Airbnb clampdown to go ahead as EU Commission gives green light to new proposals on rural lettings

The EU Commission raised serious concerns about proposed new laws from Tourism Minister Catherine Martin earlier this year, which aimed to clamp down on houses and apartments being rented out on sites such as Airbnb or without the appropriate planning permission.

The Government climbed down and put forward softer proposals which would mean rural properties would not have to abide by the strict new rules.

The delay caused by Europe now means the crackdown has been pushed back again, with the Government’s latest Housing for All progress report saying it will finally be in place by next summer and not in the first three months of the year, as initially hoped.

However, the Government hopes this is the last delay to the register.

A provisional agreement was reached between the European Parliament and European Council last week and this means the Department of Tourism can finally work to put the new register in place.

It is now expected the EU Commission, which initially put a standstill on the Government’s plans, will give a formal green light on the new proposals in the coming weeks.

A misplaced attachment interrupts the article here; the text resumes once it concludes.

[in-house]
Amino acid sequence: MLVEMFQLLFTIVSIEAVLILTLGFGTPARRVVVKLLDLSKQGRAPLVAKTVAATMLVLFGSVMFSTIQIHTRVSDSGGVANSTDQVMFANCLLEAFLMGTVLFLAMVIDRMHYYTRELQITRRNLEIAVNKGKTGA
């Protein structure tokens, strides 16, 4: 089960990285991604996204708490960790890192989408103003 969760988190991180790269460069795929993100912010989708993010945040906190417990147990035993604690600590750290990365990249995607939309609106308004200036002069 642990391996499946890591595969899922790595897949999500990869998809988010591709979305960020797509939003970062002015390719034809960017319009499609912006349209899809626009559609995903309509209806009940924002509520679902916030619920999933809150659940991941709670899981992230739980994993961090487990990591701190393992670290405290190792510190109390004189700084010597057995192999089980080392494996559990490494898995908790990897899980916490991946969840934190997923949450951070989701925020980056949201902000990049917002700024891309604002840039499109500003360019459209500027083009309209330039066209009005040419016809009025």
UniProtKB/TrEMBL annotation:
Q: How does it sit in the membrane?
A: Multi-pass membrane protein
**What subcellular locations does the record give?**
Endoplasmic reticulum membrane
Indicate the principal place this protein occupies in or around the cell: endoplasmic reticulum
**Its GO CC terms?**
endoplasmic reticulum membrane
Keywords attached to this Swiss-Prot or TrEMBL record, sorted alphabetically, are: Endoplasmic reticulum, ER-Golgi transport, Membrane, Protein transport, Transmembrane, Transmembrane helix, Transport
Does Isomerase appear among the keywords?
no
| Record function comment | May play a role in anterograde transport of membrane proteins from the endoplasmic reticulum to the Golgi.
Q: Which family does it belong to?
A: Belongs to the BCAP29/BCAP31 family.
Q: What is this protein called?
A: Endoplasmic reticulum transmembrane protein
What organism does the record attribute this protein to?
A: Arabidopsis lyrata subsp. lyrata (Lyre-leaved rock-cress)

Under the plans, Airbnbs and similar short-term rentals will not have to apply for special planning permission if they are located in areas with a population of less than 5,000.

All short-term rentals will have to be logged onto the new register, which will be overseen by Fáilte Ireland.

Local authorities will be able to keep an eye on which properties have the correct planning permission and clamp down on the ones who do not.

The softening of rules for rural properties will form part of new planning guidelines to be published by the end of this year or early next year, under which the Government hopes to put 12,000 properties back into the long-term rental market.

Officials believe holiday homes in rural areas do not contribute to increases in the cost of rent and would not be suitable for long-term renting.

“Fáilte Ireland welcomes the reaching of a provisional agreement by the European Council and the European Parliament on the Short Term Rental Proposal following a final trialogue on 15th November, which will provide for harmonisation of collection and sharing of short-term rental accommodation data across the EU,” said a spokesperson for Fáilte Ireland.

A spokesperson for the Department of Tourism said: “A positive response from the Commission by the end of the standstill period on 22 December 2023 and the clarity now on the EU STR should allow the legislative process to commence early in 2024.”

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